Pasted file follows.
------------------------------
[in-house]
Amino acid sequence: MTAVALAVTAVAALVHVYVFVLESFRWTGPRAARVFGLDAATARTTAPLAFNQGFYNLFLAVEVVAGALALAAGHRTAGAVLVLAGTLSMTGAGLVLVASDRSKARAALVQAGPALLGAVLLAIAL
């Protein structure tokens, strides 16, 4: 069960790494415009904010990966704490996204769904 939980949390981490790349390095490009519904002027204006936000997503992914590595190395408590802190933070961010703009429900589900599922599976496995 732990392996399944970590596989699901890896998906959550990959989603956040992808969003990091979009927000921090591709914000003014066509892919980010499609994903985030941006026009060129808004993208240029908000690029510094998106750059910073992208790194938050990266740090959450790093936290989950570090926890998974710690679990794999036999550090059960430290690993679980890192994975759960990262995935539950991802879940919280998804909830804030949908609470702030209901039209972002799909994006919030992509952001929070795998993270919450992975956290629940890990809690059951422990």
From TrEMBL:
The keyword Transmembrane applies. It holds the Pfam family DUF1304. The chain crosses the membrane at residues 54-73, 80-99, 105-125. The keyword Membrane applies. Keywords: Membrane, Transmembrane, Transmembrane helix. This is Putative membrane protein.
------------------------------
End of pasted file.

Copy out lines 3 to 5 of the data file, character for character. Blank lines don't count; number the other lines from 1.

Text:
């Protein structure tokens, strides 16, 4: 069960790494415009904010990966704490996204769904 939980949390981490790349390095490009519904002027204006936000997503992914590595190395408590802190933070961010703009429900589900599922599976496995 732990392996399944970590596989699901890896998906959550990959989603956040992808969003990091979009927000921090591709914000003014066509892919980010499609994903985030941006026009060129808004993208240029908000690029510094998106750059910073992208790194938050990266740090959450790093936290989950570090926890998974710690679990794999036999550090059960430290690993679980890192994975759960990262995935539950991802879940919280998804909830804030949908609470702030209901039209972002799909994006919030992509952001929070795998993270919450992975956290629940890990809690059951422990």
From TrEMBL:
The keyword Transmembrane applies. It holds the Pfam family DUF1304. The chain crosses the membrane at residues 54-73, 80-99, 105-125. The keyword Membrane applies. Keywords: Membrane, Transmembrane, Transmembrane helix. This is Putative membrane protein.